In short, the Labo Fit Adventure Kit lets the player play Mario Kart on the Nintendo Switch by riding a stationary exercise bike, steering with a wheel, and squeezing that wheel to use items. The Fit Kit combines the theme of Labo, Nintendo’s excellent cardboard building kit for the Nintendo Switch with the existing Ring-Con accessory for the unrelated Nintendo game Ring Fit Adventure plus a collection of custom hardware to tie it all together. That hardware senses cadence on the stationary bike, watches for the user to squeeze the handheld wheel controller, and translates those inputs to button presses on the controller to play the game.
The most fascinating element of this project is the TAPBO module which adapts the Joy-Con controller to remote input. The module includes electronics, actuators, and a clever mechanical design to allow it to be mounted to the Ring-Con in place of an unmodified Joy-Con. Electrically the components will be familiar to regular Hackaday readers; there is a breakout board for a Teensy which also holds an XBee module to receive inputs remotely and drive a pair of servos. The entire module is described in detail starting at 4:42 in the video.
Mechanically the TAPBO relies on a pair of cam-actuated arms which translate rotational servo motion into linear action to press shoulder or face buttons. The module directly measures flex of the Ring-Con with an added flexible resistor and receives cadence information from another module embedded in the stationary bike via Zigbee. When these inputs exceed set thresholds they drive the servos to press the appropriate controller buttons to accelerate or use an item.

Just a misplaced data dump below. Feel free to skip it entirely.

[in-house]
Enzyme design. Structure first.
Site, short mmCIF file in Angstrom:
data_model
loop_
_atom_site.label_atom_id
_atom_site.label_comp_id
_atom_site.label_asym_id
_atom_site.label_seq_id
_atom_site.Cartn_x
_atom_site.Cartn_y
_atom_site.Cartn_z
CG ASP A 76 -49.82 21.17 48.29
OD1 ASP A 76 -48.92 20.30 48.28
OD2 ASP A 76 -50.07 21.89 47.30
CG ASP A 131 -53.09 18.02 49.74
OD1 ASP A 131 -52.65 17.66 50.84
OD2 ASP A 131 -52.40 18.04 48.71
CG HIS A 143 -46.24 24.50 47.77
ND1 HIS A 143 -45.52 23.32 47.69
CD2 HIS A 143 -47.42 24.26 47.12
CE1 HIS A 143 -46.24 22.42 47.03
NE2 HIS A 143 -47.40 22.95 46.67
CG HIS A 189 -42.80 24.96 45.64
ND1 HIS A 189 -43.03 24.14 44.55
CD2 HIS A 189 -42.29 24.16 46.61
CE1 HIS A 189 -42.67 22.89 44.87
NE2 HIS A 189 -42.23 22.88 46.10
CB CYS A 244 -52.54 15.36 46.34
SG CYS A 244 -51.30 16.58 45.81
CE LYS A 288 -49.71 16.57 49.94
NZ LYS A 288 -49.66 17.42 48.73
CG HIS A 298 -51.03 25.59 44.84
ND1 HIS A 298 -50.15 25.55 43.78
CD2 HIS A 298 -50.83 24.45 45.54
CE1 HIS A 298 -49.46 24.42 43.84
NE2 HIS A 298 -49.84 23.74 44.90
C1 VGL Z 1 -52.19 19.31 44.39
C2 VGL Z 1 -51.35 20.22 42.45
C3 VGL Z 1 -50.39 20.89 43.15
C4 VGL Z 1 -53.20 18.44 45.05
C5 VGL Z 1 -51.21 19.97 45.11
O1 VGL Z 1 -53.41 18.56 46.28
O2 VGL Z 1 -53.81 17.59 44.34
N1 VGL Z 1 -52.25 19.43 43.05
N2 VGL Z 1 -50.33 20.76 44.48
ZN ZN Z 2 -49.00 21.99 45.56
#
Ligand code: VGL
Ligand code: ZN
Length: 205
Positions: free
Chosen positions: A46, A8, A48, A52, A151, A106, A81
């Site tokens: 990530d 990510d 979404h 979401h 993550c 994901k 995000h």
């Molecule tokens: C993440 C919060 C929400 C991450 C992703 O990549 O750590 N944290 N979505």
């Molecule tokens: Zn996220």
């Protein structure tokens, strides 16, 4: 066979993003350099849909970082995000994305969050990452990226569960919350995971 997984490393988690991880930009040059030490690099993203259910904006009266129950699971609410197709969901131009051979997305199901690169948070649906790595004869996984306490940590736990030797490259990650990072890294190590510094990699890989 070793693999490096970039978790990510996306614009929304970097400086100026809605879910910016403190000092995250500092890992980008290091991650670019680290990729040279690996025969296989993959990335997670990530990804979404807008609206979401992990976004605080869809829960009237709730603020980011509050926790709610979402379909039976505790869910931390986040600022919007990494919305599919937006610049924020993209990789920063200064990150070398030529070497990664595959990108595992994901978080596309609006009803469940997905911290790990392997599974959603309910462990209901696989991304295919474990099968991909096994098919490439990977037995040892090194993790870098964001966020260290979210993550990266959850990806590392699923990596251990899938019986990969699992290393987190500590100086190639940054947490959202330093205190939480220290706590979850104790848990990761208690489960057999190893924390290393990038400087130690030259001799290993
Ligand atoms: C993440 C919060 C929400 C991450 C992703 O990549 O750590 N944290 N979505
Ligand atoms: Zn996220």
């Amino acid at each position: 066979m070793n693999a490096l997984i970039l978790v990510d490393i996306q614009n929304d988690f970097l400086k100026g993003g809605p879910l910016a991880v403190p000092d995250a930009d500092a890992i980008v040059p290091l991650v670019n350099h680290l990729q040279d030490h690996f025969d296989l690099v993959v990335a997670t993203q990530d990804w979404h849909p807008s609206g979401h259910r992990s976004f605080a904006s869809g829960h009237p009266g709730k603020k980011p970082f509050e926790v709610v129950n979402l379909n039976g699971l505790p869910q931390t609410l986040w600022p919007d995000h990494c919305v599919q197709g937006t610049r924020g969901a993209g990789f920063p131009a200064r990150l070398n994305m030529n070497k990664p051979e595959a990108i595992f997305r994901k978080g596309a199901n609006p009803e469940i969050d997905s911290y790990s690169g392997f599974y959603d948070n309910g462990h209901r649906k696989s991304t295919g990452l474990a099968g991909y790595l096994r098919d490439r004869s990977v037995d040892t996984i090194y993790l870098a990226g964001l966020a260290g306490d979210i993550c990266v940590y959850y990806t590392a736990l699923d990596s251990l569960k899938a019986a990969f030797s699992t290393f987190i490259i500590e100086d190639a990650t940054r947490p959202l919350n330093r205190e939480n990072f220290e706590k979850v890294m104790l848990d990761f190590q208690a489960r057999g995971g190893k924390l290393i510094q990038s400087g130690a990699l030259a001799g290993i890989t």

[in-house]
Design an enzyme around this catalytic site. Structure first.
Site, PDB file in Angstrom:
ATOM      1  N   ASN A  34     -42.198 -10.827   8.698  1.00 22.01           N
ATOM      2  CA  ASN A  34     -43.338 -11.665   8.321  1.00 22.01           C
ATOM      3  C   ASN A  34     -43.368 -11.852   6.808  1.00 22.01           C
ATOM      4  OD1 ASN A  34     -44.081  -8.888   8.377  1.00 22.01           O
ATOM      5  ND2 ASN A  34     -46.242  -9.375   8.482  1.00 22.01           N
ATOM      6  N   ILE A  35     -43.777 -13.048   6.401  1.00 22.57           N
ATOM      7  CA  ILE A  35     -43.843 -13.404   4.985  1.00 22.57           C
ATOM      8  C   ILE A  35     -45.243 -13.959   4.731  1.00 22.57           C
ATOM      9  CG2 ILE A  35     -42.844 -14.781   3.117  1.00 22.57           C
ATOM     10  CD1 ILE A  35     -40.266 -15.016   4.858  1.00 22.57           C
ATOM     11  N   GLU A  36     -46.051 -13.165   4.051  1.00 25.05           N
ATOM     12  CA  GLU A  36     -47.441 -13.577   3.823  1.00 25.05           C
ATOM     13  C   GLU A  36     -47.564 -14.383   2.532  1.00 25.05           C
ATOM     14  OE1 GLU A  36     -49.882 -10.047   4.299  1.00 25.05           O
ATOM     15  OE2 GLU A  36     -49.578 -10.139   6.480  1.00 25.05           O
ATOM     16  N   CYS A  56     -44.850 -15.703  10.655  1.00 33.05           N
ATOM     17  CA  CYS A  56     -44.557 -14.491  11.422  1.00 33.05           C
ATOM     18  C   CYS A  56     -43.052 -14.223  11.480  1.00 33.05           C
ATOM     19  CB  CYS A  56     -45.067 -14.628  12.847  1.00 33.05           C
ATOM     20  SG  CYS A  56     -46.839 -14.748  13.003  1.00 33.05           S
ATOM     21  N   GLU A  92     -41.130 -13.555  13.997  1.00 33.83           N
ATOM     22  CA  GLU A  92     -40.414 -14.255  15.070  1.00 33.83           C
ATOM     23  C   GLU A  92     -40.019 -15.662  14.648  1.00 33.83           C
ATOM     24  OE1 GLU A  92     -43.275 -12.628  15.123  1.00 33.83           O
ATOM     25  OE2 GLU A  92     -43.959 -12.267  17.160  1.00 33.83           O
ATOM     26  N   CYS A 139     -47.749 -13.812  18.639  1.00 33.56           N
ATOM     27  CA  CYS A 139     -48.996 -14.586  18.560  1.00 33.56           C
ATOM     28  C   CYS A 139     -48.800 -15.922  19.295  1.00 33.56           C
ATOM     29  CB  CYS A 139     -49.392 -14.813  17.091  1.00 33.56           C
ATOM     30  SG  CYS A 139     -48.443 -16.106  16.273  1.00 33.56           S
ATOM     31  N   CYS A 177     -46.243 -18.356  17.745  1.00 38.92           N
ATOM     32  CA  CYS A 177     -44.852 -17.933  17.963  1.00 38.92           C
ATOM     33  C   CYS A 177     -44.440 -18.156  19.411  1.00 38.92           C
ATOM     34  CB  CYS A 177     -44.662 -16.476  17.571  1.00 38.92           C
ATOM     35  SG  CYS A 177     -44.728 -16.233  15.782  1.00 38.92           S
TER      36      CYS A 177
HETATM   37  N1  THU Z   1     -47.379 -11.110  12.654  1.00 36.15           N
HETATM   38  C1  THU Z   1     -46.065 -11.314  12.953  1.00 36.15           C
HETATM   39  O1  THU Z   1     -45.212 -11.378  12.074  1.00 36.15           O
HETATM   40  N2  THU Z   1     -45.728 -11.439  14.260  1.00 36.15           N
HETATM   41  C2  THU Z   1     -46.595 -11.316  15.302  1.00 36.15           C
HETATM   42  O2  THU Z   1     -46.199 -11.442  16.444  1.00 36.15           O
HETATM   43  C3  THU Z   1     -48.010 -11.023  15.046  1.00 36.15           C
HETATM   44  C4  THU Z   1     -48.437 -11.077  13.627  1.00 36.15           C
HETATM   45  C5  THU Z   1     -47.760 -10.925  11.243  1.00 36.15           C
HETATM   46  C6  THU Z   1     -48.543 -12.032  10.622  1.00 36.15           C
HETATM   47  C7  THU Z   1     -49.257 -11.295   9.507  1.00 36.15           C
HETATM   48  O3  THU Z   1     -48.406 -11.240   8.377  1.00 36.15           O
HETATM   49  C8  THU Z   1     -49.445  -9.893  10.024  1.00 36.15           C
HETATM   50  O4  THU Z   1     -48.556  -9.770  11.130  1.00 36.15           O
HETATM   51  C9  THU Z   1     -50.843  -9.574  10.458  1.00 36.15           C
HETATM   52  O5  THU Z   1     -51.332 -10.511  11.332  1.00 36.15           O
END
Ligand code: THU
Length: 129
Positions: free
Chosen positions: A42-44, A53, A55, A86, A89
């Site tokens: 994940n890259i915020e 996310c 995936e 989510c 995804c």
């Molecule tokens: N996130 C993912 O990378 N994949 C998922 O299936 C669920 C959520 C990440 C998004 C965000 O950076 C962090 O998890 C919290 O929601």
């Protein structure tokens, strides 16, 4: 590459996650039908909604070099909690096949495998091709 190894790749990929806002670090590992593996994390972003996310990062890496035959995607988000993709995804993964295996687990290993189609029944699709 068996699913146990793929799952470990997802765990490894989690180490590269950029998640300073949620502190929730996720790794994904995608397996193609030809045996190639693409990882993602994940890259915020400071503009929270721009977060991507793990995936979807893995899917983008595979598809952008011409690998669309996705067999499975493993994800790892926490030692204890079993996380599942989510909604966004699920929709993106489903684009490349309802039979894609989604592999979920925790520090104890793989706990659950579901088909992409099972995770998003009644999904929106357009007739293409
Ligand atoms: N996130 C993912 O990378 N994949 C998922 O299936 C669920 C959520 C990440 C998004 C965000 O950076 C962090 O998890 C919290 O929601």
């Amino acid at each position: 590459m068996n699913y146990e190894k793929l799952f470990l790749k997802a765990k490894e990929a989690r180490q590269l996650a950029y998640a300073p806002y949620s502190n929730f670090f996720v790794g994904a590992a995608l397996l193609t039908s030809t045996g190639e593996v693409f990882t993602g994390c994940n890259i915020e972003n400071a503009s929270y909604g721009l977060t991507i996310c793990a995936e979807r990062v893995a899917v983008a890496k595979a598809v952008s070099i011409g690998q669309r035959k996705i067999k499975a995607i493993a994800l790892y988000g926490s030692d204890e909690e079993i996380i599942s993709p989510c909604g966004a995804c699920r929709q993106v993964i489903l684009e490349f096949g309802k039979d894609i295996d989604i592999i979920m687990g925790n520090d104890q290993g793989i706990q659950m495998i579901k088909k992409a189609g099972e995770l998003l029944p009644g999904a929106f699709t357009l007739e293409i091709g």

We’ve focused pretty heavily on the technical aspects of this project, but this significantly undersells the level of polish and easy to understand documentation [Mike] has produced. It includes a TAPBO Amiibo in customized packaging, and more. Check out the full video to get the complete scope of this project.
Piezo elements have the useful property of being bidirectional; that is they can move when you apply electricity to them, but they can also generate electricity when you move them. [Carl] takes advantage of this fact to make buttons that can provide haptic feedback. You can see a video of his efforts below the break.